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Class placement question

one1ofeachone1ofeach 11 replies3 threadsRegistered User New Member
I am a very long time lurker (I have one who’s a junior and one incoming sophomore) and kind of considered myself an old hat at the boarding school thing. My older one was the kind of kid who did everything herself but the younger one needs more parental involvement and it’s giving me pause. His teacher recommended algebra 2 honors and he was placed in a regular section (this is his favorite subject and he was the top math student at his previous but much smaller school). Wondering how hard to push to get him moved. If he is bored it will NOT lead to good things. I see a lot of advice on here about schools knowing what they’re doing and to trust the process. But this I think they got wrong. Over my years as a boarding school mom I have seen many examples of parents trusting the process and their kids getting mucked up because of a lack of parental intervention. I’ve also seen a lot of over the top parents though....hence the pause.
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Replies to: Class placement question

  • RedLionessRedLioness 87 replies1 threadsRegistered User Junior Member
    Maybe push a little bit now if you're that concerned about him missing out, ask if he can take a placement test or something of the like. Tell the school you're concerned, and ask if there's a way to be reassured he's been placed somewhere correct for him.

    But don't really dig your heels in the sand yet. There is a truth to trusting the process and allowing kids to be placed where the BS sees fit. However, as you've noted, BS are not holy gods and can make mistakes. If the school doesn't budge on his placement, even after a placement test or something like that, then let September come and school start. Give it a few days, then call him up and talk to him. Bring up the topic of his math placement somewhere. If it's too easy for him, then dig your heels in and tell the school to move him. And if it's not, you won't regret anything.

    At least that's what I think you should do. Up to you to decide how much that's worth.
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  • RedLionessRedLioness 87 replies1 threadsRegistered User Junior Member
    Also, question: Do your children go to the same school? Do you have experience with your son's school specifically, or are you new to the community?
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  • gardenstategalgardenstategal 5575 replies10 threadsRegistered User Senior Member
    I would raise your concern with the school. If there were parts of the placement test that indicated major weaknesses or missing skills, they might be right in the placement. But if he was on the cusp, it is possible that they'd move him without blinking. It sounds like it would be best if they could do this during a th time period when both are offered so he can move down if it turns out to be too much of a reach. Our school generally recommended (in this situation) trying the harder class. It's easier to drop down than run after a train that's well out of the station.

    One other thought... Sometimes placements help the school create sections of the class among well matched kids. So this may simply be putting him with his peers, rather than being terribly different content. I think you should have the conversation with them. You may walk away happy with where he is or they may happily move him.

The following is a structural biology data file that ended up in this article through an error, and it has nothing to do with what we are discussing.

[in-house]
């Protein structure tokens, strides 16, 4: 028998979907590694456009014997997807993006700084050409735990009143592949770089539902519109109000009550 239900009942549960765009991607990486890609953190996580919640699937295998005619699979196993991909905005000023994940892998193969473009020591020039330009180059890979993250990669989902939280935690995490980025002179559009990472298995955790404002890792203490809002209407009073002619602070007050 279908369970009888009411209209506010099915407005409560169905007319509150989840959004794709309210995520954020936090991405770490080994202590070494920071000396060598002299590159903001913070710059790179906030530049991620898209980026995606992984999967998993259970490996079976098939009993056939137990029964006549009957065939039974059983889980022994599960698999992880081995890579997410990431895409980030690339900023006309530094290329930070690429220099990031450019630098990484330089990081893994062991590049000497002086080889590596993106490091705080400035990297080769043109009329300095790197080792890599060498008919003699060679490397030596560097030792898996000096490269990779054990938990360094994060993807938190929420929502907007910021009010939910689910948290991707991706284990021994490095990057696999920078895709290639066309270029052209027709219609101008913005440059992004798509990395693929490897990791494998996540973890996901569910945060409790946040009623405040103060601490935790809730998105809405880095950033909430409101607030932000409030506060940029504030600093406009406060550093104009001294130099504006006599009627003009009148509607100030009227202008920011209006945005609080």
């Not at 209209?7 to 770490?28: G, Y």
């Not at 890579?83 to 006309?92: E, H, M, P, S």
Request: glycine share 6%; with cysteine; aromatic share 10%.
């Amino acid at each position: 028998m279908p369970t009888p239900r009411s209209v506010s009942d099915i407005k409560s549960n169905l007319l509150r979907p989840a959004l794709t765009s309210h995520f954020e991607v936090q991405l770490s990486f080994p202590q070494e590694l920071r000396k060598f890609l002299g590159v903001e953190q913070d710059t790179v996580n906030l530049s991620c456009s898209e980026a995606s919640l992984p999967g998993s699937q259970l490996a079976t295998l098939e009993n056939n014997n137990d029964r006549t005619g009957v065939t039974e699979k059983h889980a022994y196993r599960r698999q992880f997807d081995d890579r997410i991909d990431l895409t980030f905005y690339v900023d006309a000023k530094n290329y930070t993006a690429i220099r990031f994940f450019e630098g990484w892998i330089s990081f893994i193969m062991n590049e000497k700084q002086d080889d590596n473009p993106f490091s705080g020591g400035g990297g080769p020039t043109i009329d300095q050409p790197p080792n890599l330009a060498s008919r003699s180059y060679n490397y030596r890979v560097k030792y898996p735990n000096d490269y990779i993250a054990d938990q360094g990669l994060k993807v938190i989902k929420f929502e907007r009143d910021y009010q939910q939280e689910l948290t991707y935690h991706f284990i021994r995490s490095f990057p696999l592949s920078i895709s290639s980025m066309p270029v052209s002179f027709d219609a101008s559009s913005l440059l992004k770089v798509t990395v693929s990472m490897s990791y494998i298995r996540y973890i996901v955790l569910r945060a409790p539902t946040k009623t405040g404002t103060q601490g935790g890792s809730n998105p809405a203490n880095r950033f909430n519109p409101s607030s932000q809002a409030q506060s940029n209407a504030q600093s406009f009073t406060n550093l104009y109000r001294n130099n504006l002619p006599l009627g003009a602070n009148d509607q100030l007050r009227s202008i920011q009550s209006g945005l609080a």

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  • bjkmombjkmom 7942 replies158 threadsRegistered User Senior Member
    Algebra II & Trig is a TOUGH course-- this coming from someone who teaches it. It looks to me as though the teacher who made the recommendation isn't from the same school he'll now be attending? I think this may be one of those times when you trust the school's advice and leave things as they are.
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  • CTMom21CTMom21 421 replies2 threadsRegistered User Member
    My experience has been that the school generally makes the right choice and generally they want to challenge the kids, BUT you’re justified in at least asking the question. I was pushing for an honors language class for DS (no placement test) and he was put on regular, which ended up being plenty challenging. Just last night I DID make a fuss about placement, since DS was pushed out of an honors class due to a scheduling constraint — obviously a different issue. I generally don’t want to be “that” kind of parent, but this was a case where we felt strongly, and when I made it clear how important it was, it got taken care of!
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  • Happytimes2001Happytimes2001 1341 replies10 threadsRegistered User Senior Member
    Schools vary and the admissions staff has likely seen others from your son's other school. They might know that a particular score or recommendation means one thing or another. Often when the kid has been the best in their class, the parents don't really know where their kid is at in terms of other kids. My student had three kids in the math class last year all of whom were the best in their town. All had to drop down a level. My kid was not the best in the town and did extremely well. I think it depends on a number of factors not only background but also how quickly the kid learns.
    I would let me kid go for a week or two and touch base in great detail ( even with the teacher if needed) to get a sense of the pace of the class and where your son actually is. Kids know if they are struggling compared to their peers. Or if it's a cinch.